The new bio-solids composting facility at 4142 Thicke Road is up and running. The plant is now processing bio-solids from Ladysmith’s waste water treatment plant and turning the material into Class A compost.

Bio-solids are nutrient-rich materials that result from the treatment of waste water (sewage). At Ladysmith's Waste Water Treatment Plant, we process waste water from kitchens, bathrooms and laundries. The treatment process removes the solid waste from the waste water, resulting in bio-solids. As part of our Waste Water Treatment System, Ladysmith is required to dispose of these bio-solids. Composting is a beneficial and viable option for the responsible management of bio-solids.  Check out our FAQs below.

Frequently Asked Questions about Our Composting

  • What are bio-solids, and why is Ladysmith composting them? (updated March 15, 2018)

  • Where is the composting facility located? (updated March 15, 2018)

  • Will neighbours of the new facility notice any odour? (updated March 15, 2018)

  • What are some of the design elements of the new facility? (updated March 15, 2018)

  • How often does Ladysmith test its bio-solids and what does it test for? (updated March 15, 2018)

  • Why don’t you test for pharmaceuticals? (updated March 15, 2018)

  • Will the composting facility be expanded as the Town grows? Will the Town take bio-solids from other areas? (updated March 15, 2018)

  • At what stage is there the greatest potential for odor and/or water contamination? What will be done to mitigate the risk at each stage? (updated March 15, 2018)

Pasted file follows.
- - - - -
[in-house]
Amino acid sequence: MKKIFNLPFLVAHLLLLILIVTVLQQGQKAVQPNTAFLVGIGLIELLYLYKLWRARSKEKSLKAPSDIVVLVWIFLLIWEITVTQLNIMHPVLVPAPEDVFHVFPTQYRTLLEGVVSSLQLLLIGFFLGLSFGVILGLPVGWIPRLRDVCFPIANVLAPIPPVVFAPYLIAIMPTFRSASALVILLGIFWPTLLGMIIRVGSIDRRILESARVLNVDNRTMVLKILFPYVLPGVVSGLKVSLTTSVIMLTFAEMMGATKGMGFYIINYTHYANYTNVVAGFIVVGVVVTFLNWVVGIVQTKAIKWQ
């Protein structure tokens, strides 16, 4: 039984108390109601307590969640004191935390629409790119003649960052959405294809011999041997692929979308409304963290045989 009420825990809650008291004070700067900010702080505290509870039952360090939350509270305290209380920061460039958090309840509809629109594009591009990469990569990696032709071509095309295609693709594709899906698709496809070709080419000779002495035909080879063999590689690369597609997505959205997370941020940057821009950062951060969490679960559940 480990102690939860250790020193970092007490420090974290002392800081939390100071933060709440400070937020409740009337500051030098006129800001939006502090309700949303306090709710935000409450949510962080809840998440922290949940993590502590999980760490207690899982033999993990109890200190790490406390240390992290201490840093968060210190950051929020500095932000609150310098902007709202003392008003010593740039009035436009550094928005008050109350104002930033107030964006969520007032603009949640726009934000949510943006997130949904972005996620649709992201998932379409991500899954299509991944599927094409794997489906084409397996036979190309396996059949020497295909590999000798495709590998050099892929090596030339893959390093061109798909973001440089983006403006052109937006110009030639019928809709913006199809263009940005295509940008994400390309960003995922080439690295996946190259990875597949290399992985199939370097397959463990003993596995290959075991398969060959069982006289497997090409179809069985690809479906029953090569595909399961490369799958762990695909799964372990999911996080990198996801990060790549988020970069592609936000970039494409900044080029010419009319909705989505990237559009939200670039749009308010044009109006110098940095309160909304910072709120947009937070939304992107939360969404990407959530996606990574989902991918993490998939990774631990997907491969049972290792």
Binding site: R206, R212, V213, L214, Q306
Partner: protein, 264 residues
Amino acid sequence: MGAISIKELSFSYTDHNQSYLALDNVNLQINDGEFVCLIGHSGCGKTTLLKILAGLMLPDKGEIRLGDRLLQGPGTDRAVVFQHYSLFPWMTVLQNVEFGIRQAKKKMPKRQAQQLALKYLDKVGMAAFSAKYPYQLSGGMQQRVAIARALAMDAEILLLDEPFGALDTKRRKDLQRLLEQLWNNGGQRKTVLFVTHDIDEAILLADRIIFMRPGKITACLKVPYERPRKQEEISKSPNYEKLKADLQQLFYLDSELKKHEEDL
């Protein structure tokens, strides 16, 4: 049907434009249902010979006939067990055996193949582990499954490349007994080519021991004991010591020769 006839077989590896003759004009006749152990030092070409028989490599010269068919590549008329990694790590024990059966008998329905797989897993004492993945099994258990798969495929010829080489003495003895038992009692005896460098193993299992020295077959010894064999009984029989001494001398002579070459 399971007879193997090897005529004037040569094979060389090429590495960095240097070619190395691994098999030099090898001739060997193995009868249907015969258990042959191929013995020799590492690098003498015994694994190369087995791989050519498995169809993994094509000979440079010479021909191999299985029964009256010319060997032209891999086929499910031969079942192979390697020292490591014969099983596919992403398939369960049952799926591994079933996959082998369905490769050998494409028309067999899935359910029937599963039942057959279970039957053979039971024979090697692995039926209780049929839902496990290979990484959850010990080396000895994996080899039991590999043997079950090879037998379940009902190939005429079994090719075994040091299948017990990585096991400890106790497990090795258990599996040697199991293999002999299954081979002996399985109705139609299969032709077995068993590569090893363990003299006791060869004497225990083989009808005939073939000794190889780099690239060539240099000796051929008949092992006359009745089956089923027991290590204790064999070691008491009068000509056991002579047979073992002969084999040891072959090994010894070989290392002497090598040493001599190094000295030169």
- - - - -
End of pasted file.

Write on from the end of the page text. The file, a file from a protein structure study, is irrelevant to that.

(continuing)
• How does the composting facility tie into Ladysmith’s “Sustainability Vision”? (updated March 15, 2018)

  • Technology regarding the treatment of bio-solids is progressing rapidly. Is composting still the best method for dealing with the bio-solids?

  • How much noise is generated by the facility? (updated March 15, 2018)

  • How does the plant fit into the Vancouver Island Plan for bio-solids? (updated March 15, 2018)

  • What licensing does the composting facility need? Who will inspect it and report out? (updated March 15, 2018)

  • How does this facility compare with other operations, both in the Cowichan Region (Fisher Road and Coast Environmental) and further afield? (updated March 15, 2018)

  • Where does the product from this plant go? (updated March 15, 2018)

Below are some links to research, reports and regulations relating to bio-solids composting.

Two European perspectives:


Canadian research suggesting that composting is an effective treatment of bio-solids in terms of reducing potential risk to humans and the environment


General background on bio-solids use in agriculture in Canada:

Results of a 2009 Canadian study on the use of bio-solids:

BC Organic Matter Recycling Regulation (OMRR)